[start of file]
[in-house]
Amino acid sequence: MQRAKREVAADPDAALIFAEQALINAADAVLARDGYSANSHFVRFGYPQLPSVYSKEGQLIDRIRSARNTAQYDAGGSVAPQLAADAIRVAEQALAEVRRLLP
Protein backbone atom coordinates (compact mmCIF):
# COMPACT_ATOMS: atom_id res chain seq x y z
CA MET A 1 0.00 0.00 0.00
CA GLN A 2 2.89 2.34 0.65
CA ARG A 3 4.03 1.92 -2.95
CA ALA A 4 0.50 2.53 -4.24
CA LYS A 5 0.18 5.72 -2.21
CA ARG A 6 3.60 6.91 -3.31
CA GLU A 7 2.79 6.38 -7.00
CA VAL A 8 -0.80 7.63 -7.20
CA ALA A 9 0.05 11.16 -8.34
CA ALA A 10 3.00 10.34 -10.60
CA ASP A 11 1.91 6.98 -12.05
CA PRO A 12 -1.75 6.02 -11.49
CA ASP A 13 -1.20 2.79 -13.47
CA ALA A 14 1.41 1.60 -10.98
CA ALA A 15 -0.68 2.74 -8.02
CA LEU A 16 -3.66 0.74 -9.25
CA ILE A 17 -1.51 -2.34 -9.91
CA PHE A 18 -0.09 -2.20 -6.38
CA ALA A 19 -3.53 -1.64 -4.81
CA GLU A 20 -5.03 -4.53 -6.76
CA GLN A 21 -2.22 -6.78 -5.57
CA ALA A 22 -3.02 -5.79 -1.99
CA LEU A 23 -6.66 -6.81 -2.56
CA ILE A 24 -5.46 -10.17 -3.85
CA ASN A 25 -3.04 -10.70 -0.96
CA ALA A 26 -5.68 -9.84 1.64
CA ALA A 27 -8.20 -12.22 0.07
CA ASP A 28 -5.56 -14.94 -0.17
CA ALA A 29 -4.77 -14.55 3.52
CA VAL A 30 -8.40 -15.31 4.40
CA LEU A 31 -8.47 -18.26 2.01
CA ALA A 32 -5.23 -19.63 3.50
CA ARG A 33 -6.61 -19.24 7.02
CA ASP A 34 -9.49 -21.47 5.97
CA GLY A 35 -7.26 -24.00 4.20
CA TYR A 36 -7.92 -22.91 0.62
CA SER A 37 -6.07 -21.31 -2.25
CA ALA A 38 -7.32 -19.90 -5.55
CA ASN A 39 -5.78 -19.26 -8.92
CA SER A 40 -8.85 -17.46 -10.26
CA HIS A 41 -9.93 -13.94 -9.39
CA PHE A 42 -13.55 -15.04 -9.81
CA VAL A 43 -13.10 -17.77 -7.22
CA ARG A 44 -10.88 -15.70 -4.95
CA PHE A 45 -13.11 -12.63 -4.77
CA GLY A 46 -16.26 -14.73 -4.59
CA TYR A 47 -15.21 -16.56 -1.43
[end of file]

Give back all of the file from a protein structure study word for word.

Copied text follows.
[in-house]
Amino acid sequence: MQRAKREVAADPDAALIFAEQALINAADAVLARDGYSANSHFVRFGYPQLPSVYSKEGQLIDRIRSARNTAQYDAGGSVAPQLAADAIRVAEQALAEVRRLLP
Protein backbone atom coordinates (compact mmCIF):
# COMPACT_ATOMS: atom_id res chain seq x y z
CA MET A 1 0.00 0.00 0.00
CA GLN A 2 2.89 2.34 0.65
CA ARG A 3 4.03 1.92 -2.95
CA ALA A 4 0.50 2.53 -4.24
CA LYS A 5 0.18 5.72 -2.21
CA ARG A 6 3.60 6.91 -3.31
CA GLU A 7 2.79 6.38 -7.00
CA VAL A 8 -0.80 7.63 -7.20
CA ALA A 9 0.05 11.16 -8.34
CA ALA A 10 3.00 10.34 -10.60
CA ASP A 11 1.91 6.98 -12.05
CA PRO A 12 -1.75 6.02 -11.49
CA ASP A 13 -1.20 2.79 -13.47
CA ALA A 14 1.41 1.60 -10.98
CA ALA A 15 -0.68 2.74 -8.02
CA LEU A 16 -3.66 0.74 -9.25
CA ILE A 17 -1.51 -2.34 -9.91
CA PHE A 18 -0.09 -2.20 -6.38
CA ALA A 19 -3.53 -1.64 -4.81
CA GLU A 20 -5.03 -4.53 -6.76
CA GLN A 21 -2.22 -6.78 -5.57
CA ALA A 22 -3.02 -5.79 -1.99
CA LEU A 23 -6.66 -6.81 -2.56
CA ILE A 24 -5.46 -10.17 -3.85
CA ASN A 25 -3.04 -10.70 -0.96
CA ALA A 26 -5.68 -9.84 1.64
CA ALA A 27 -8.20 -12.22 0.07
CA ASP A 28 -5.56 -14.94 -0.17
CA ALA A 29 -4.77 -14.55 3.52
CA VAL A 30 -8.40 -15.31 4.40
CA LEU A 31 -8.47 -18.26 2.01
CA ALA A 32 -5.23 -19.63 3.50
CA ARG A 33 -6.61 -19.24 7.02
CA ASP A 34 -9.49 -21.47 5.97
CA GLY A 35 -7.26 -24.00 4.20
CA TYR A 36 -7.92 -22.91 0.62
CA SER A 37 -6.07 -21.31 -2.25
CA ALA A 38 -7.32 -19.90 -5.55
CA ASN A 39 -5.78 -19.26 -8.92
CA SER A 40 -8.85 -17.46 -10.26
CA HIS A 41 -9.93 -13.94 -9.39
CA PHE A 42 -13.55 -15.04 -9.81
CA VAL A 43 -13.10 -17.77 -7.22
CA ARG A 44 -10.88 -15.70 -4.95
CA PHE A 45 -13.11 -12.63 -4.77
CA GLY A 46 -16.26 -14.73 -4.59
CA TYR A 47 -15.21 -16.56 -1.43